We see that you have javascript disabled. Please enable javascript and refresh the page to continue reading local news. If you feel you have received this message in error, please contact the customer support team at 1-833-248-7801.



Rochester Public Schools announces 'Chargers' as mascot for new online school

The colors for the online school will be made up of one color from each of the three mainstream Rochester public high schools.

Chargers 4.jpg
We are part of The Trust Project.

ROCHESTER — The very nature of RPS Online allows students, and even its teachers, to be miles apart from one another. In spite of that, Rochester Public Schools is making an effort to bring them together in other ways.

One way they're doing that is with the selection of a mascot: The RPS Online Chargers.

Also Read
Summer 2022 graduates, President's and Dean's lists, Spring 2022 Dean's list and Fall 2021 Dean's list.
A public hearing is scheduled for Tuesday for input related to potential status change for park that is the subject of a proposed plan for a series of updates.

The Rochester School Board revealed the mascot on Tuesday. Brandon Macrafic, principal of RPS Online, said the decision to select a mascot grew out of conversations with the school's staff about its opportunities.

"One of the top three things that came out of that was a real desire and a need to create a larger sense of community and identity among our students, our staff and our families," Macrafic said.

The process began with nominations from students, families and faculty. Members of a review team voted on their favorite nominations, which resulted in the three finalists.


The other two finalists included the RPS Online Pixels and the RPS Online Ospreys.

According to Macrafic's presentation, the name Chargers "plays on the digital, plugged-in world tied to RPS Online."

The colors for the online school will be made up of one color from each of the three mainstream Rochester public high schools: gold from Mayo, silver from Century, and black from John Marshall.

"We feel everyone is represented in our logo," Macrafic said.

This will be the school's second year of operation. Superintendent Kent Pekel said on Tuesday that during its first year, the school had more than 500 students.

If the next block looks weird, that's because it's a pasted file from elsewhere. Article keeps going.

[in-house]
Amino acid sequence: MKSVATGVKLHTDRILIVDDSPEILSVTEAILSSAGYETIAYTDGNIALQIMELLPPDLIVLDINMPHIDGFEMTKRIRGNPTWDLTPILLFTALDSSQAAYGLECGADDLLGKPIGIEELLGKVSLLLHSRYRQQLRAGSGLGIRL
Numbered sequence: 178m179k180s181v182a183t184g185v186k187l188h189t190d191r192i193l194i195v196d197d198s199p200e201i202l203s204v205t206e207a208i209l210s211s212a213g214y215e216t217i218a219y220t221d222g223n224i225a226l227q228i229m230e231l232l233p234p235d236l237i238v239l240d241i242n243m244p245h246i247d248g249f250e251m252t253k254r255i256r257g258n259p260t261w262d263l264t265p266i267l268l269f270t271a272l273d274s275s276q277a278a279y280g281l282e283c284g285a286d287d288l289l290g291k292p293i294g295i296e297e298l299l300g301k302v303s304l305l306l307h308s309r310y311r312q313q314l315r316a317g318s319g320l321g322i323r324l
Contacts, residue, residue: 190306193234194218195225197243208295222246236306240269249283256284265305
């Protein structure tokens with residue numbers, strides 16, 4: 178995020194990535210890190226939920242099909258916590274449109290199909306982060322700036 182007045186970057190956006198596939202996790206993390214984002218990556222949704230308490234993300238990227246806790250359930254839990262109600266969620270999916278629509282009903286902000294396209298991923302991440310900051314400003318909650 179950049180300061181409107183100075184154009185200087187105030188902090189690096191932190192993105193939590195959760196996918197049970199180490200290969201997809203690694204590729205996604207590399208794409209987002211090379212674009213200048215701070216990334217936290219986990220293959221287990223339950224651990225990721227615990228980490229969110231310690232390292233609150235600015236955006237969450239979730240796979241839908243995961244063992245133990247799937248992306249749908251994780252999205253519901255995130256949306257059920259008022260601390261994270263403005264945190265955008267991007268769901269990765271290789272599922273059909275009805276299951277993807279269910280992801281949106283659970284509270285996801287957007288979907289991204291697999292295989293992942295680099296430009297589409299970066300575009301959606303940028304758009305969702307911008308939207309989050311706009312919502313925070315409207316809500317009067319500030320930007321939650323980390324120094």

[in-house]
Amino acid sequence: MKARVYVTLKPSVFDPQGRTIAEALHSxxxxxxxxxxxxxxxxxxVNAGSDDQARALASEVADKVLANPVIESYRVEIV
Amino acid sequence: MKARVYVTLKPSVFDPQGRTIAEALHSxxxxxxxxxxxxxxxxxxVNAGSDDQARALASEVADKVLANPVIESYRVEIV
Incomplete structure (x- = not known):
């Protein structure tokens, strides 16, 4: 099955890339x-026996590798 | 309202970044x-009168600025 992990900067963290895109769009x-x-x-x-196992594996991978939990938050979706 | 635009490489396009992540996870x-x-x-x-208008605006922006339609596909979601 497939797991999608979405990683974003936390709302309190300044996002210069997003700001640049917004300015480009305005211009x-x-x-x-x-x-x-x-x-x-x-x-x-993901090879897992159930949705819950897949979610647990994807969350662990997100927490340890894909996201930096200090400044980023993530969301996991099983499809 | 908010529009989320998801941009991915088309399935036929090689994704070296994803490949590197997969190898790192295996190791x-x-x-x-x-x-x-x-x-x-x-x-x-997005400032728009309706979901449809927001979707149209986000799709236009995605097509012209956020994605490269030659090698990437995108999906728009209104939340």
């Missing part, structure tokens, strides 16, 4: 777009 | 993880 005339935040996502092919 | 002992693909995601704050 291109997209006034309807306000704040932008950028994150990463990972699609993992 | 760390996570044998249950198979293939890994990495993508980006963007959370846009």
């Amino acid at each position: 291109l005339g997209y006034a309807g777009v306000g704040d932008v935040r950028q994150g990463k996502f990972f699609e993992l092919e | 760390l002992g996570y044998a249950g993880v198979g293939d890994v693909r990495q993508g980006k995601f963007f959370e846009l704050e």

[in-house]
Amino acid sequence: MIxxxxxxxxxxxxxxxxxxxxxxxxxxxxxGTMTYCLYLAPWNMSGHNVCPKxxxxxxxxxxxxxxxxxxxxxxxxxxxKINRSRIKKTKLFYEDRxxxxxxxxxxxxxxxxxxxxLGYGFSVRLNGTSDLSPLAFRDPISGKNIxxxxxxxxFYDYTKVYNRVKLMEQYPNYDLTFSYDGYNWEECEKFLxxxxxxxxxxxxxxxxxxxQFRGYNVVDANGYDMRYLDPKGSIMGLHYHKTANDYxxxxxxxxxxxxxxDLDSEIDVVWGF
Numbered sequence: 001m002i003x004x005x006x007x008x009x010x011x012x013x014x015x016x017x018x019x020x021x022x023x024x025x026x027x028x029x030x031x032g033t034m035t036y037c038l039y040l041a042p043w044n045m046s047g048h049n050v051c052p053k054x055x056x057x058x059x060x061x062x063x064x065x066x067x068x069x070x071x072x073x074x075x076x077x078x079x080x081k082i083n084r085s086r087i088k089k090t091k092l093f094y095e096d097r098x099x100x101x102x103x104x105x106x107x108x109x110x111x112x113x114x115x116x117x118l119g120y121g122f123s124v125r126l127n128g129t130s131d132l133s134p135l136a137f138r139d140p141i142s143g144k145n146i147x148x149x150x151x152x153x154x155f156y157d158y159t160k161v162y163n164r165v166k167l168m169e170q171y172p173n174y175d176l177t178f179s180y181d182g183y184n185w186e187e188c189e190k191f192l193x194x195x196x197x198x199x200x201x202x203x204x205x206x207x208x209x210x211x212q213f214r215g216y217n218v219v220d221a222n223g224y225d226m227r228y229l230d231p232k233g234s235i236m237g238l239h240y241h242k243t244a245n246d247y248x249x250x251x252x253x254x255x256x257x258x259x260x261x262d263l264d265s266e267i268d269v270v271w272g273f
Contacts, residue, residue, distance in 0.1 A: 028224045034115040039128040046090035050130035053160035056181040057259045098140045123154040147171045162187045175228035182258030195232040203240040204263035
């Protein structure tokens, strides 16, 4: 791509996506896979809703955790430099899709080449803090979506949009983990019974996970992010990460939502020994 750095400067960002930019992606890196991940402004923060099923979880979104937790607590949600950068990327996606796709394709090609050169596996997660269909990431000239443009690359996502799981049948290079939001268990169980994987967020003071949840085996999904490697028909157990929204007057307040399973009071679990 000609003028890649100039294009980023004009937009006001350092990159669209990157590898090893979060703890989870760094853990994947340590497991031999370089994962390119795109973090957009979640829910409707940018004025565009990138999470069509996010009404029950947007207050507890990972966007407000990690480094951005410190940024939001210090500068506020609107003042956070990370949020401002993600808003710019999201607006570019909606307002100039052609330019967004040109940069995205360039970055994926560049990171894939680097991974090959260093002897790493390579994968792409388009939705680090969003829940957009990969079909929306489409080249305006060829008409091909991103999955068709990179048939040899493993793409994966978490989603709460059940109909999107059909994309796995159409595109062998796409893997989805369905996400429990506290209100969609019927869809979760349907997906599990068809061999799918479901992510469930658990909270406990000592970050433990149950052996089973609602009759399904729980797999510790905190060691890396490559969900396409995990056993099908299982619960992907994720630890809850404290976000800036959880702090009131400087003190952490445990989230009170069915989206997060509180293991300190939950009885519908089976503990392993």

RPS decided to establish the school in the wake of the COVID-19 pandemic, realizing that learning from home was the best option for some students.

In spite of the scattered environments of everyone taking part in the school, Pekel said it's still important to create an environment that fosters a common identity.

"We know school culture matters," Pekel said. "It matters in an online environment too. So, having a culture in your school is going to benefit learning; it's going to benefit recruitment for this amazing opportunity."

Jordan Shearer covers K-12 education for the Post Bulletin. A Rochester native, he graduated from Bemidji State University in 2013 before heading out to write for a small newsroom in the boonies of western Nebraska. Bringing things full circle, he returned to Rochester in 2020 just shy of a decade after leaving. Readers can reach Jordan at 507-285-7710 or jshearer@postbulletin.com.
What to read next
Gar-lin Dairy Farm was filled with 20,000 people to see Luke Bryan, who was joined by Jameson Rodgers, The Peach Pickers and Riley Green.
Rachel Thoma and volunteers opened up the Dover-Eyota Elementary School parking lot to Luke Bryan concertgoers, with money raised going to the Spanish club's trip to Ecuador this summer.
Rochester's Public Utility Board is slated to review a new water rate study, which estimates how much revenue is required to cover service costs.
With one possible exception, Rochester's high schools had the longest lunch period in the state, according to an RPS official.